Cornell Lab Discovers New Regulatory Mechanism of Protein, Sheds Light on Importance of Cornell’s High Energy Synchrotron Source

Proteins are strikingly complex macromolecules, which control every aspect of molecular function in all living organisms, making them an interesting research target. The Ando Lab studies the structure of proteins, specifically enzymes, in order to understand their function, using structural techniques like x-ray diffraction and small-angle x-ray scattering. These techniques allow for the visualization of atomic and molecular structure of proteins. Small-angle x-ray scattering is a technique used to study the structure of proteins in solution. SAXS maintains an advantage over other techniques because it allows for the understanding of the movement of proteins; however a caveat to SAXS is its lower resolution, creating the need for combinatorial approaches to studying proteins such as combining SAXS with chromatography.

Recap | Quantum Puzzles, Quantum Randomness and Quantum Teleportation

Quantum teleportation may sound like a futuristic means of travel, but it occurs at the particle level. It can enable encryption that is essentially unbreakable. As part of the physics department’s Fall 2016 Bethe Lecture, Prof. Anton Zeilinger, physics, University of Vienna, discussed concepts in quantum theory that could revolutionize information technology. The Bethe Lectures is a lectureship endowed by Cornell University to honor Hans Albrecht Bethe, who led the physics department and was awarded the 1967 Nobel Prize in physics for his contributions to the theory of nuclear reactions. Quantum physics describes the nature of matter on the atomic and subatomic scale.

Cornell researchers have transformed a microscope into a local pressure gauge, as shown by this illustration.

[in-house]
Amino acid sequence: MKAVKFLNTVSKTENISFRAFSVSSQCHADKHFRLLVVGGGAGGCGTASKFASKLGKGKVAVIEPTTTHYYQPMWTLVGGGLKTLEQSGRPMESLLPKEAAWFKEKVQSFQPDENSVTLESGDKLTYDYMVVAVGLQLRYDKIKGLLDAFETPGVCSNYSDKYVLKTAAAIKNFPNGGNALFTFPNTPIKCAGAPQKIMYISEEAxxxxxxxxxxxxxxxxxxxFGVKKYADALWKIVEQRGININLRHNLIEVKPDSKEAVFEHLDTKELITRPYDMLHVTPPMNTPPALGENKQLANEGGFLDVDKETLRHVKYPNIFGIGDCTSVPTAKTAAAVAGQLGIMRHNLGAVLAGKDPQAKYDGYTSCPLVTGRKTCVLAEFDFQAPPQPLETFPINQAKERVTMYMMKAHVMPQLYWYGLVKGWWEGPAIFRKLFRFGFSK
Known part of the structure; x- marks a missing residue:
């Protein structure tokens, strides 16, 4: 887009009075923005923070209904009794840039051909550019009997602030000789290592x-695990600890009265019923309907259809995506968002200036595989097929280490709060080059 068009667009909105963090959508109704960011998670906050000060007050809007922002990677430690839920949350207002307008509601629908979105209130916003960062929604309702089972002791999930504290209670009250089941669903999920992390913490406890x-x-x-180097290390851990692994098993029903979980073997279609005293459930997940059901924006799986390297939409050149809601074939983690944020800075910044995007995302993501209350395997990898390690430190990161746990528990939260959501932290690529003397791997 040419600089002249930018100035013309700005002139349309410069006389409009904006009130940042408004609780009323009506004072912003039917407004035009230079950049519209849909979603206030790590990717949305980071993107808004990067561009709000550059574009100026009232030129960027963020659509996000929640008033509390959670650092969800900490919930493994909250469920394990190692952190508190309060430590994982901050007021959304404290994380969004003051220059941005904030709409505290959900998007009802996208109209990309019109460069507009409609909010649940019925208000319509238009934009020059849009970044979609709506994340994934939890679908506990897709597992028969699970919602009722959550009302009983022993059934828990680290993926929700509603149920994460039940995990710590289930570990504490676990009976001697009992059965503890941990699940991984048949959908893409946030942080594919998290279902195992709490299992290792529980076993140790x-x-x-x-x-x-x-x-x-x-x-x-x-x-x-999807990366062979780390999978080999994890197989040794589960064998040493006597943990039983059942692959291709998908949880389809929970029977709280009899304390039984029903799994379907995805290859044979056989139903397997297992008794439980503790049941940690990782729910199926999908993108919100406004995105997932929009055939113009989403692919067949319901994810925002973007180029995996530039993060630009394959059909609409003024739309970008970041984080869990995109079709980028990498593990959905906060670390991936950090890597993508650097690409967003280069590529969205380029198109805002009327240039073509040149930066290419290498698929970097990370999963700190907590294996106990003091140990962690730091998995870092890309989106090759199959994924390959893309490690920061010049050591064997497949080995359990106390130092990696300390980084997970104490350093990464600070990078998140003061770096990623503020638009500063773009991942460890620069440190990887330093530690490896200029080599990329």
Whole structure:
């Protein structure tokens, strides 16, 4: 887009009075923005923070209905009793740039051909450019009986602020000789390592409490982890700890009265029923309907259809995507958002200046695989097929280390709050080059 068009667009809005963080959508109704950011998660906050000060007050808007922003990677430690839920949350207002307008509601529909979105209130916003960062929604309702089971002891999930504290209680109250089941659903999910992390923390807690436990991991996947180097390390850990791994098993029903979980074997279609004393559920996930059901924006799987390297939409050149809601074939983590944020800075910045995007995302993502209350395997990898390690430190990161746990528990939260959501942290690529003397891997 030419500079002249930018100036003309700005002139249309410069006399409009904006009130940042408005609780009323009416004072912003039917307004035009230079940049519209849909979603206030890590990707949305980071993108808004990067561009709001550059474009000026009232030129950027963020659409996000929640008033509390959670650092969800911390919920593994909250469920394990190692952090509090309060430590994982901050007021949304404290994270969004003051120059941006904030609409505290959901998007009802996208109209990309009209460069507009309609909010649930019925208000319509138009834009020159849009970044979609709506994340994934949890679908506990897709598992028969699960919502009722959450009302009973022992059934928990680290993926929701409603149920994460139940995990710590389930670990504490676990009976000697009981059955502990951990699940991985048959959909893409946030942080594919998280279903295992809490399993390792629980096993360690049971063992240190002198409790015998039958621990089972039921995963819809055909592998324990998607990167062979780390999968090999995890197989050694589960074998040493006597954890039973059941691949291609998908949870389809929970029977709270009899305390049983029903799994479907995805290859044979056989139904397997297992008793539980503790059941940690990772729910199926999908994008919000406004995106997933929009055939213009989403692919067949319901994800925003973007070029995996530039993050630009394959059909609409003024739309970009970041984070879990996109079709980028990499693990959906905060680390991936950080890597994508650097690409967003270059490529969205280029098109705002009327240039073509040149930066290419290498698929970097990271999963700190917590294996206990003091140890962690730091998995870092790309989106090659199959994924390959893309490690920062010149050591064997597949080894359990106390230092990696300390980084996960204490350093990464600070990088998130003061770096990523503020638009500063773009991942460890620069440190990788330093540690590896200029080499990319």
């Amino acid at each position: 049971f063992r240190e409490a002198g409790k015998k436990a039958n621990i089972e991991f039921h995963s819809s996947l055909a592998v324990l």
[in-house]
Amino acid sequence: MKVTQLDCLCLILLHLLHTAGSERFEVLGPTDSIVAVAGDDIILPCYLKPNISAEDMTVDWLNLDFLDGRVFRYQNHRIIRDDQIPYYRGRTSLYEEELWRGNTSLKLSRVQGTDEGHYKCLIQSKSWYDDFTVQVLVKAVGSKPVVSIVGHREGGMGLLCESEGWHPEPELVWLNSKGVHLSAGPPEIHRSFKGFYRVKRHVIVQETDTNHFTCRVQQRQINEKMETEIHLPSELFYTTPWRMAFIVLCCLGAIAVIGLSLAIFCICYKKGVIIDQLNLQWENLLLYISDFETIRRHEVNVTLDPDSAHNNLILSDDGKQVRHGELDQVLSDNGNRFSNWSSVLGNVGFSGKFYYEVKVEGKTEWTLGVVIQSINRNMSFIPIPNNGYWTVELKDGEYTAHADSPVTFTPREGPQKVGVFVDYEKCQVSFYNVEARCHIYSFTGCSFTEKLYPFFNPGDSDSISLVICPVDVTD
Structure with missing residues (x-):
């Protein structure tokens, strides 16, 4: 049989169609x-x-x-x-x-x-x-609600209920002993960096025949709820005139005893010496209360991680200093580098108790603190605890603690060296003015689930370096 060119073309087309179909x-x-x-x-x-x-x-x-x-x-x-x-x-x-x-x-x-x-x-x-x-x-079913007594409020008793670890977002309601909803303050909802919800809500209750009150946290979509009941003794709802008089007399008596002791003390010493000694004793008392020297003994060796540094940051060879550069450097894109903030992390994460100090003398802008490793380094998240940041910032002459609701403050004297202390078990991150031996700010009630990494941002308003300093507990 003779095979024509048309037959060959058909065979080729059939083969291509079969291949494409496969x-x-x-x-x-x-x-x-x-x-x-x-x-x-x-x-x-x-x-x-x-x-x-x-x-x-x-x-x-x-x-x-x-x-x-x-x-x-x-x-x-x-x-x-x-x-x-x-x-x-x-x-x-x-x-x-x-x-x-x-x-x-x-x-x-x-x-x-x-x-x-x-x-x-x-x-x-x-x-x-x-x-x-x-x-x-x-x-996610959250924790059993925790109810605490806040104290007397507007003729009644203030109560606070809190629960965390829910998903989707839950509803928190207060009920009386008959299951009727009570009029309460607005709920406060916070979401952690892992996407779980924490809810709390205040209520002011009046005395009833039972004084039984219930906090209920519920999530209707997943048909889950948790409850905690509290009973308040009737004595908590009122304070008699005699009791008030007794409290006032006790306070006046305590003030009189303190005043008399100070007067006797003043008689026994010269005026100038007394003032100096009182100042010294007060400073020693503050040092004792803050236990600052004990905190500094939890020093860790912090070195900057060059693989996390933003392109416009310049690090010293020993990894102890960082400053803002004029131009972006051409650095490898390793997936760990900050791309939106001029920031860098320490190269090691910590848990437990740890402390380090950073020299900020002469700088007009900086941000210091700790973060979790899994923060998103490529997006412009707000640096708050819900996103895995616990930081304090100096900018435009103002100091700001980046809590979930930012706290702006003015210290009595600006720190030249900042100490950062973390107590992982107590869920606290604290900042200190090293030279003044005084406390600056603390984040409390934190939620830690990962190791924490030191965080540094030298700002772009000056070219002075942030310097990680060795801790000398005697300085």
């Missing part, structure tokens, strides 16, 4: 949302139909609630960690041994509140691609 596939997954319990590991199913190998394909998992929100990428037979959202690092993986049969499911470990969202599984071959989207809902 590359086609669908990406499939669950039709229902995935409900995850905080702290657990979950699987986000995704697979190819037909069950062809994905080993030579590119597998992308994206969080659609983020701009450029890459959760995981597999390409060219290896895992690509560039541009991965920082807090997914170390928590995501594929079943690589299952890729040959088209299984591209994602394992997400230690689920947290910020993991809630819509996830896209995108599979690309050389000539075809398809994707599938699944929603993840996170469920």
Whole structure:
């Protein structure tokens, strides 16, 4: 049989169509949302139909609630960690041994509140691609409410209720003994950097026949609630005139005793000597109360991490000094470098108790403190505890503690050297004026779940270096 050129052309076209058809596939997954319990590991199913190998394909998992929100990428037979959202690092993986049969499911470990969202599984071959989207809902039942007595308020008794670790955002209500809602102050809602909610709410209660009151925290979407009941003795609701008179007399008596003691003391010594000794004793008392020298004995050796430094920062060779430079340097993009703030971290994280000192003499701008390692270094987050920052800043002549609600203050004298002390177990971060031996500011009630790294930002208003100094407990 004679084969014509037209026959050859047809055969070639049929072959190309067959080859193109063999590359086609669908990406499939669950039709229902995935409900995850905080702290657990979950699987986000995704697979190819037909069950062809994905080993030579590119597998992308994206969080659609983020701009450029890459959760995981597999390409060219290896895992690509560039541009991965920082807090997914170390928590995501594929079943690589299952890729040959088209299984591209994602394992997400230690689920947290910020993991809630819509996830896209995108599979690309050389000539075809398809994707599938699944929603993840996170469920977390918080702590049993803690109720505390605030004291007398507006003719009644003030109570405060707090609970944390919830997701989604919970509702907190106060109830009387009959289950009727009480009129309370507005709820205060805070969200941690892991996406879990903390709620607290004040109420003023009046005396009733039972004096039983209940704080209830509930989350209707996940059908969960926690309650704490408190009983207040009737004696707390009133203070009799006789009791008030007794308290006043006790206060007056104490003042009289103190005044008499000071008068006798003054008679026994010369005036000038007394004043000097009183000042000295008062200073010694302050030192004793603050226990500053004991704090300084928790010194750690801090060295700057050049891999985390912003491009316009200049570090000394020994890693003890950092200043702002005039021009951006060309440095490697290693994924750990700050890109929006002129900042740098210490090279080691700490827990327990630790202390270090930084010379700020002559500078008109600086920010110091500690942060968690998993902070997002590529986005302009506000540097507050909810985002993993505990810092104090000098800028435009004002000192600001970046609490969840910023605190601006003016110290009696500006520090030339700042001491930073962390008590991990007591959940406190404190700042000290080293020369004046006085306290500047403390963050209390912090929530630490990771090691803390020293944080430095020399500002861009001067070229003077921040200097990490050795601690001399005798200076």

Researchers Measure 3D Force in Matter at the Single-Particle Scale

What started as a question to the A-exam became a revolutionary discovery in the material science field. Neil Y.C. Lin — a graduate student from Cornell University pursuing a physics Ph.D. — was asked if it was possible to measure forces at the single particle scale, given that the current methods can only measure said forces at bulk scale (in groups) on his A-exam. A-exam is an exam where Ph.D. candidates must attempt to answer questions that not even the professors know the answers to. This question led Lin to work with Prof. Itai Cohen, physics, Prof. James Sethna, physics, Matthew Bierbaum grad and Prof. Peter Schall, physics, University of Amsterdam. After three years of research, this team of theorists, computer calibrators, and crystal specialists found their answer in SALSA — not the tasty dip, but Stress Assessment from Local Structure Anisotropy.

Pessimistic Reading of Physical Renderings

Society teaches us that science has no limits; that you and I can be whatever we want to be, do whatever we want to do, and that scientists are nothing but an utter bouquet of bright minds moving from grass to grace, sharing their knowledge with all and sundry, passing on the ‘Universalistic’ torch inscribed with the message: all is possible in the name of science. True to its nature, the more we learn about the physical world the smaller it gets, the more justifications we come up with for branching out of our egg-shell shaped Earth, for exploring the Moon, the stars, the Milky Way, the Universe. But whence come our limit, if any?